“Espionage is as old as history, with individuals sent on missions to obtain information or secrets, political and military, or to sabotage the activity of opponents.” Michael Curtis
“The U.S. and UK have been penetrated by spies.” Ibid
Espionage is as old as history, with individuals sent on missions to obtain information or secrets, political and military, or to sabotage the activity of opponents. This was done through personal relations, and usually by physical presence at the site of information gathering or interaction with informants. Now the new art form is cyberespionage, obtaining secrets and classified information from individuals, companies or governments using the internet. It is largely impersonal, being performed by electronic or digital means from remote offices, far from the site of information retrieval.
Cyberspying and computer hacking have been active at least since 2008 when China was suspected of trying to affect the U.S. presidential elections, and different actors, Islamists and Latin American operators, for economic, political, and financial reasons, have engaged in attacks on political organizations, government institutions, and political personnel.
However, it is mainly the dramatic activity of Russian nationals in committing murders in Western Europe and espionage in the U.S. in recent years that has indicated the magnitude of the problem. Other countries are involved in nefarious activity. In September 2018, the Swiss government summoned the Russian ambassador and demanded a stop to espionage. On September 14, 2018 it had arrested two Russian agents of the GRU who were trying to hack into the Swiss laboratory in Spiez that provides protection against nuclear, biological, and chemical threats, and was testing traces of the nerve agent Novichok used in Salisbury.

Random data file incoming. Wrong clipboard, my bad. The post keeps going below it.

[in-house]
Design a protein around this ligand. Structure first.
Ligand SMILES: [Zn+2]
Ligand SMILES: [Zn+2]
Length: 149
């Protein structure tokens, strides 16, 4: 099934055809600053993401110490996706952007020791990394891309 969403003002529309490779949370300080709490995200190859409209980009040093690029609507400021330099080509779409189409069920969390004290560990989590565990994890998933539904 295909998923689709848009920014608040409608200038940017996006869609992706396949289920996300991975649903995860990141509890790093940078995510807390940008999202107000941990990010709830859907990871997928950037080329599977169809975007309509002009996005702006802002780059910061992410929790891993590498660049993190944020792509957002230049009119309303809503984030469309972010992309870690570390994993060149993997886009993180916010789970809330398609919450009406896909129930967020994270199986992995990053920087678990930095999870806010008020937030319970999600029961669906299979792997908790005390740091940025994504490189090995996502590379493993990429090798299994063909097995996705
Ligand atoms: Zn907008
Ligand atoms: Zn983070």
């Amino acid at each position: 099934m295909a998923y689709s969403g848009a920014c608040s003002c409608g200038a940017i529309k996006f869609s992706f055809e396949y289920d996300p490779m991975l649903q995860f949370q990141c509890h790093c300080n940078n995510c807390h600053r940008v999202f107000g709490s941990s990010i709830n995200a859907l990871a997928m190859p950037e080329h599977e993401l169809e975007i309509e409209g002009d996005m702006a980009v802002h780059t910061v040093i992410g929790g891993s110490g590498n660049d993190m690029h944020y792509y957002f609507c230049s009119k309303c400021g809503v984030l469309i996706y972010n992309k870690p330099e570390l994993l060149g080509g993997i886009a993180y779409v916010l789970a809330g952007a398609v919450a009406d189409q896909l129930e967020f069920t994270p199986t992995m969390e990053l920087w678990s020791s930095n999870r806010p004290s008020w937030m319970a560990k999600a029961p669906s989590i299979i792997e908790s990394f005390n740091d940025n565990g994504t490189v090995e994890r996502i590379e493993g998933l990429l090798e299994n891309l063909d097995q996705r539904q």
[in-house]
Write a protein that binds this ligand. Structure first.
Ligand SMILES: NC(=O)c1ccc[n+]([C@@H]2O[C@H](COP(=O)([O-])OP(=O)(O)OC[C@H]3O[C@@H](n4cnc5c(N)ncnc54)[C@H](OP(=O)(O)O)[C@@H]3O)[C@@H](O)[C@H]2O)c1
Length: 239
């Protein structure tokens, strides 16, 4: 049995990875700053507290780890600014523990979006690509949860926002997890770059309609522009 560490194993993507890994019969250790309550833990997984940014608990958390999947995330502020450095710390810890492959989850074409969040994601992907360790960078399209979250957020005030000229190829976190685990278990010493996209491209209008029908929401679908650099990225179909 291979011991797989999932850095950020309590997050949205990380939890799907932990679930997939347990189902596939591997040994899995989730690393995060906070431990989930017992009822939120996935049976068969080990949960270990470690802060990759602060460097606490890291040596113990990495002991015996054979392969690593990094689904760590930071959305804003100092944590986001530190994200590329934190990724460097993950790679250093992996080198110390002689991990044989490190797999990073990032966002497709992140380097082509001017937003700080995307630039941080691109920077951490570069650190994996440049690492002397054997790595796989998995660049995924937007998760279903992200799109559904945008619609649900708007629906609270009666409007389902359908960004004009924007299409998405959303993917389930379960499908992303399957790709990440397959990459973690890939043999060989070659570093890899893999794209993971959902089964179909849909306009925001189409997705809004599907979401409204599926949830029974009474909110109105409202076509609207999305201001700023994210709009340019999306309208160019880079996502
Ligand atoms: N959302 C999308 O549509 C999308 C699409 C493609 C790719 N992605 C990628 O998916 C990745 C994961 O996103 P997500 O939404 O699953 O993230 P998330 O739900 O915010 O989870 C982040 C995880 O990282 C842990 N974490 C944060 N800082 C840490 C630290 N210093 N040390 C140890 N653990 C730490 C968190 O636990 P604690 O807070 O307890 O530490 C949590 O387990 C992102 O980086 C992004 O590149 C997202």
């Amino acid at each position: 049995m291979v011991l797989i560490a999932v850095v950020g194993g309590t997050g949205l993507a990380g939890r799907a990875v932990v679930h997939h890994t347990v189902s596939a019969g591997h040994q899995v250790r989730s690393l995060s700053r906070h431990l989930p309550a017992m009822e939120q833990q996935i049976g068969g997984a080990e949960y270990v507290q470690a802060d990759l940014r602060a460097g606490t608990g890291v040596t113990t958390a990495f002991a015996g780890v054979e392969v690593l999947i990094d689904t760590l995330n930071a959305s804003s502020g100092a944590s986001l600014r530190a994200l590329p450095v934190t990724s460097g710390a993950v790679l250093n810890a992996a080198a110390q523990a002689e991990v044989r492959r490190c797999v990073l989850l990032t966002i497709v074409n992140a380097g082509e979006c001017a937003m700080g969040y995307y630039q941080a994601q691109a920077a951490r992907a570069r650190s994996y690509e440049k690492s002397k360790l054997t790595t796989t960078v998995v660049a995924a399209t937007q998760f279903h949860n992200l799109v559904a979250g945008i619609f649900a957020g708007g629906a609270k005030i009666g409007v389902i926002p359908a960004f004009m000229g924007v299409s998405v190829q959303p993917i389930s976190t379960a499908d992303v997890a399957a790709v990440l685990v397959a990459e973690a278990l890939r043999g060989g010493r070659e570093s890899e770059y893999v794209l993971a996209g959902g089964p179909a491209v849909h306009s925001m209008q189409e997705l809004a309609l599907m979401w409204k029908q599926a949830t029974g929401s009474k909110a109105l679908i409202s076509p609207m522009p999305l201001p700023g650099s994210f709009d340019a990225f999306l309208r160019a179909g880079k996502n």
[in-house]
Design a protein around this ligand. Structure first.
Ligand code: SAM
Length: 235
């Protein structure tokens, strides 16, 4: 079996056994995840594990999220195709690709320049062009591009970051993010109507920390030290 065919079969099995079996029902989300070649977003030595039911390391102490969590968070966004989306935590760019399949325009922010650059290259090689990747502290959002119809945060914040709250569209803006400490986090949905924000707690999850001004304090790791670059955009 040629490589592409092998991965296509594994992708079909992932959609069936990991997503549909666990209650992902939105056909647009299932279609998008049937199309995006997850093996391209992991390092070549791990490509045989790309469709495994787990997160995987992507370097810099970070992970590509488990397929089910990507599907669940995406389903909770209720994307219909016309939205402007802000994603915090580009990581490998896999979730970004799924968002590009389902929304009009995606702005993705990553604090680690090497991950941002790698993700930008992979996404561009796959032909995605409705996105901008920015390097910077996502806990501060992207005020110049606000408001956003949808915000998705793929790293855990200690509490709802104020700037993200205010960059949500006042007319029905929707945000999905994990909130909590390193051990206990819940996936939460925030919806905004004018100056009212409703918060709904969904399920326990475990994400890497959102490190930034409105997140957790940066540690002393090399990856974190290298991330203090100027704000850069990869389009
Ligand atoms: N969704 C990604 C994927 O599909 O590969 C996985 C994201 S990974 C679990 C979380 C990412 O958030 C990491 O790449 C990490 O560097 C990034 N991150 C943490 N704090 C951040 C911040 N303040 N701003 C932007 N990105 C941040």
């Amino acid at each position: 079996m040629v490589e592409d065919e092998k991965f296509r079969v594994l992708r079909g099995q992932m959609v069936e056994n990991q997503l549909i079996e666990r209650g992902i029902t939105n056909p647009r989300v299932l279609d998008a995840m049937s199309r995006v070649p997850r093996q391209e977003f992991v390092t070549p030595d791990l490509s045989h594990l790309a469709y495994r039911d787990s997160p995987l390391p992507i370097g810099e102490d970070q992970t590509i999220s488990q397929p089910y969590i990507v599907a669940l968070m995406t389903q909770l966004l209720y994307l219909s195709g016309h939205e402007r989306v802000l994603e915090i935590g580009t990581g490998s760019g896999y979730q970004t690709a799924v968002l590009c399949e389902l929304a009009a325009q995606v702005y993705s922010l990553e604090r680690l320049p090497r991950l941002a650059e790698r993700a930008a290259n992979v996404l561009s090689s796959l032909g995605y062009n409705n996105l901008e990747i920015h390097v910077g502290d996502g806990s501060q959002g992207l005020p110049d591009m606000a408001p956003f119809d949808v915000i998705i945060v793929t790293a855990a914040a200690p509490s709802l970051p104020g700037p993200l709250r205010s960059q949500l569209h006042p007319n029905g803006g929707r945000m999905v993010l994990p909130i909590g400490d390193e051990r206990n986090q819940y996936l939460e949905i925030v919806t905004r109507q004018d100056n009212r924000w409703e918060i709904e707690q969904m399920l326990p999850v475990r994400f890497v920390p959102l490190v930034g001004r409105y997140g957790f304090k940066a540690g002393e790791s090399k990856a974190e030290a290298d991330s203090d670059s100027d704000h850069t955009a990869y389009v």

A North Korean cyberespionage unit was guilty of major cybercrimes including hacking thousands of emails from Sony Pictures in 2014, $81 million from the Bangladesh Bank in 2016, the Wanna Cry ransomware attack in 2017 that affected 300,000 computers in 150 countries, and the attack on Lockheed Martin, a U.S. military contractor.
In July 2018, the U.S. special counsel charged 12 Russian military intelligence officers associated with the GRU, with computer attacks intended to undermine the 2016 presidential election. For attempts to murder the Russian double agent Sergei Skripal and his daughter in Salisbury on March 4, 2018, the UK charged two Russian agents, also part of GRU intelligence.
Distinction between old-fashioned spying, often amusing and entertaining, and less enjoyable impersonal acts like election sabotage and cyberwar is significant. Everybody loves the absurd James Bond, code name 007, the creature invented by Ian Fleming, the flamboyant and irresistible pride of MI6 with his sports cars, electronic gadgets, special drinks, impeccable clothes, and Bond girls, if also hedonistic and amoral. Almost equally admired are two other characters. One is George Smiley, the deliberate anti-Bond figure, short, bald, overweight, seemingly bland, career intelligence officer in the Circus overseas intelligence agency, created by John Le Carre. The other is Harry Palmer, the character in films made from novels by Len Deighton. Palmer is working class, dull, bespectacled, insubordinate, lacking glamor. Continue reading